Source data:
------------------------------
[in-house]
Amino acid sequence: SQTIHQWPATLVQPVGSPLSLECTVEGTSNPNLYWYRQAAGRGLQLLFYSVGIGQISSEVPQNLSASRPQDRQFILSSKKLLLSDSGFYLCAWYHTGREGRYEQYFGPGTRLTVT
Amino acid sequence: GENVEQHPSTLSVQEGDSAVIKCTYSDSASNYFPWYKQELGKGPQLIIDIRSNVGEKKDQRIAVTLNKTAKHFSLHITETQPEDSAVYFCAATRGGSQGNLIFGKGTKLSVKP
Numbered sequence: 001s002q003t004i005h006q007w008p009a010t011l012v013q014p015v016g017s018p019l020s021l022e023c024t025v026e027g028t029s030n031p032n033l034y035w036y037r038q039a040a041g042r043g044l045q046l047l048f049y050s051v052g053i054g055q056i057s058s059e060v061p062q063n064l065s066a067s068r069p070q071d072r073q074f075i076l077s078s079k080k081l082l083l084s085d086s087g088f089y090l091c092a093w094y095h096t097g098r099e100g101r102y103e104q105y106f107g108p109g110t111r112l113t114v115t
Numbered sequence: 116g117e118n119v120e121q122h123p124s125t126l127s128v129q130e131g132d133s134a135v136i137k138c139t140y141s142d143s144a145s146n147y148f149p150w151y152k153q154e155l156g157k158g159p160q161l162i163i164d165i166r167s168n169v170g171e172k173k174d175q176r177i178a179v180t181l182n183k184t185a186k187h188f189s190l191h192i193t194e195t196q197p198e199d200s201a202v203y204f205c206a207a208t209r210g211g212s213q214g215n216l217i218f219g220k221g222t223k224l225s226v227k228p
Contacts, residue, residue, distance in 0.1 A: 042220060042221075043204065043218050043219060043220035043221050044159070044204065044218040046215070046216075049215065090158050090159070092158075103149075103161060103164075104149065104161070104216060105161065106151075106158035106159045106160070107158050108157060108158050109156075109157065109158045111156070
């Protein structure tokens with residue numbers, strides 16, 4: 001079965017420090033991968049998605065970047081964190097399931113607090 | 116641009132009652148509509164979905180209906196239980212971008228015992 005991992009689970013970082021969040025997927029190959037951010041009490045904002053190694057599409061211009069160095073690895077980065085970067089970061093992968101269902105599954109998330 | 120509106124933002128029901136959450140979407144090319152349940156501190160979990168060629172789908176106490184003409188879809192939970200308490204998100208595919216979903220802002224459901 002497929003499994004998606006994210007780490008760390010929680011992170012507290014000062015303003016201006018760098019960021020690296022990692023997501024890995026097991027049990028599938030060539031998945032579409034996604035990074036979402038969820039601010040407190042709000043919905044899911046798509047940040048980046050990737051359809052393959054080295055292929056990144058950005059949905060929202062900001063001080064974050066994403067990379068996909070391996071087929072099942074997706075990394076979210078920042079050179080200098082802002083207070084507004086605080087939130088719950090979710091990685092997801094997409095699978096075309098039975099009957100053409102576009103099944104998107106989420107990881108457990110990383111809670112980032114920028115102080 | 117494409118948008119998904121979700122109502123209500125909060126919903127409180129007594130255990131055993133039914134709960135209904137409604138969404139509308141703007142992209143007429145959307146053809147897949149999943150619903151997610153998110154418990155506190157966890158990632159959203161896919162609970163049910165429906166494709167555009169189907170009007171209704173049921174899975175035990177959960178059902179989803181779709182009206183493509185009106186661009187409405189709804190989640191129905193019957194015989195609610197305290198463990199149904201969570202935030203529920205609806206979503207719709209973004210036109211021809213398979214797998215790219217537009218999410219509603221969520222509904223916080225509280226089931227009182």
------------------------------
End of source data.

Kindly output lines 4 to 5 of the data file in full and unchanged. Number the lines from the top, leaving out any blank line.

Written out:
Numbered sequence: 001s002q003t004i005h006q007w008p009a010t011l012v013q014p015v016g017s018p019l020s021l022e023c024t025v026e027g028t029s030n031p032n033l034y035w036y037r038q039a040a041g042r043g044l045q046l047l048f049y050s051v052g053i054g055q056i057s058s059e060v061p062q063n064l065s066a067s068r069p070q071d072r073q074f075i076l077s078s079k080k081l082l083l084s085d086s087g088f089y090l091c092a093w094y095h096t097g098r099e100g101r102y103e104q105y106f107g108p109g110t111r112l113t114v115t
Numbered sequence: 116g117e118n119v120e121q122h123p124s125t126l127s128v129q130e131g132d133s134a135v136i137k138c139t140y141s142d143s144a145s146n147y148f149p150w151y152k153q154e155l156g157k158g159p160q161l162i163i164d165i166r167s168n169v170g171e172k173k174d175q176r177i178a179v180t181l182n183k184t185a186k187h188f189s190l191h192i193t194e195t196q197p198e199d200s201a202v203y204f205c206a207a208t209r210g211g212s213q214g215n216l217i218f219g220k221g222t223k224l225s226v227k228p